- Further, this picturesque ridge remains surrounded by three rivers. Locals named these named Prouga, Krossa, and Markarfljot.
- Yet another glacier remains at one end of Thorsmork that has the name of Myrdaljokull.
- The nature of the landscape makes the region rather popular with hikers and climbers. However, this the potential for great danger, as the site remains rather active.
- In 2010, the nearby peak Eyjafjallajokull notoriously erupted, creating widespread disruption of air travel throughout much of Europe.
Thorsmork Climate and Conditions
The unique environmental conditions present in Thorsmork led to the formation of a climate much more temperate than most of southern Iceland. This has led to the development of a rather unique and delicate ecosystem in the region.
Within the shelter and protection of the valley, a variety of vegetation grows in great abundance. The most prevalent types of plants include Birchwood, ferns, and moss, along with a wide variety of small shrubs.
Fed by the melting glaciers, numerous waterfalls, large and small, also developed within Thorsmork. Much of the region was later inundated by a layer of volcanic ash from the aforementioned eruption in the spring of 2010.
This occurred when the nearby volcano Eyjafjallajokull erupted, to the great surprise of many experts. It required several months before the rather delicate local climate returned to normal.
Strokkur Geyser Facts
- The final wonder that we have chosen to list among these 5 Natural Marvels of Iceland is the awesome Strokkur Geyser.
- This incredible geothermal feature is a powerful fountain geyser found in a geothermal area in a remote and sparsely populated portion of Europe.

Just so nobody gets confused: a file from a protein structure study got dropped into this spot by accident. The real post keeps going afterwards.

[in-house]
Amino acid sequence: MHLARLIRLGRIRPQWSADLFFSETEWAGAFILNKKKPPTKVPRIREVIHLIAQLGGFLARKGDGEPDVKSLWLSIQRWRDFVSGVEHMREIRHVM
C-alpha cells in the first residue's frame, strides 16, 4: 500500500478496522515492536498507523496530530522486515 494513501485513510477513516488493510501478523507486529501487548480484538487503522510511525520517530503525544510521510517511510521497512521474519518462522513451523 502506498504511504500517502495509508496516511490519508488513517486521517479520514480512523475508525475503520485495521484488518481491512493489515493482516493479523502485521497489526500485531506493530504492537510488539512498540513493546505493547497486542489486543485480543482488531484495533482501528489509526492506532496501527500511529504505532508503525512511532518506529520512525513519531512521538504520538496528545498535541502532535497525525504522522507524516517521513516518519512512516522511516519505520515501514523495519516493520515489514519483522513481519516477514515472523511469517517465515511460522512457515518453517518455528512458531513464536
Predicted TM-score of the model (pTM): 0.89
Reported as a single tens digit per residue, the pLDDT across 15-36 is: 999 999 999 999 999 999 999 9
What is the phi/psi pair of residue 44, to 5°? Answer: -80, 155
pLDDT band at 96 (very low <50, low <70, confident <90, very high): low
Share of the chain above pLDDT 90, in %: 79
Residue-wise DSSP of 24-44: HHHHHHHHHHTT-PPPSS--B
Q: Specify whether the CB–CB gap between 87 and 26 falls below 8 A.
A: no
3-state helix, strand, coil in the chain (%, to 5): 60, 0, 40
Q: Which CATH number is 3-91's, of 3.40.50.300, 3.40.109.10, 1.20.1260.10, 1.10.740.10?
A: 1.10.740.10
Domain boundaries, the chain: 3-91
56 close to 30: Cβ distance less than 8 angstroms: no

- The beautiful and extremely regular geyser remains one of the most famous of its kind within the region in which it formed.
- Further, this marvel of geology erupts in a steady frequency range of between 4-8 minutes. Variations in the schedule rarely occur.
- This lovely geyser also remains one of the few known geysers to erupt with a regular frequency. Another is located in the United States.
- This has, quite understandably, made it a leading tourist attraction in the region.
Strokkur Geyser Physical Description
Eruptions of Strokkur Geyser attain an average height of between 49.2-65.6 ft (15-20 m). Yet exceptional occurrences occasionally attain a height of as much as 131 ft (40 m).
It also comprises part of the Haukadalur valley area. There, numerous other geothermal features also exist. These include fumaroles, mud pools, and other geysers that continue to be located around it.
Shortly before eruptions, the pool of hot water fills and then pulses up and down rhythmically. Following this, a large bubble forms, and then the eruption spews forth.
Strokkur Geyser Location and History
Most notably, geological evidence indicates that Strokkur Geyser formed roughly 1,000 years ago, subsequent to an earthquake in the geologically active region.
The earliest recorded reports of its activity date back to the year 1294. At an uncertain time after this, another quake deactivated the site.
In 1789, yet another quake reactivated it. It also subsequently remained active until 1896 when still another earthquake deactivated it once again.
In 1963 local residents succeeded in unblocking Strokkur Geyser once again, and it has remained active since that time.
This constitutes the only recorded instance of human actions intentionally creating or reactivating a geyser.
Finally, this wonder of Nature, like the others on this list, formed in what now constitutes the country of Iceland. This area is beside the Hvita River, in the southwest portion of the country.
We certainly hope that you have enjoyed this article on 5 Natural Marvels of Iceland. Sites such as these, serve as proof that great natural beauty exists in even the most remote parts of the world. Nature created the beauty that surrounds us, but it remains up to us to make every effort to preserve it for future generations to enjoy.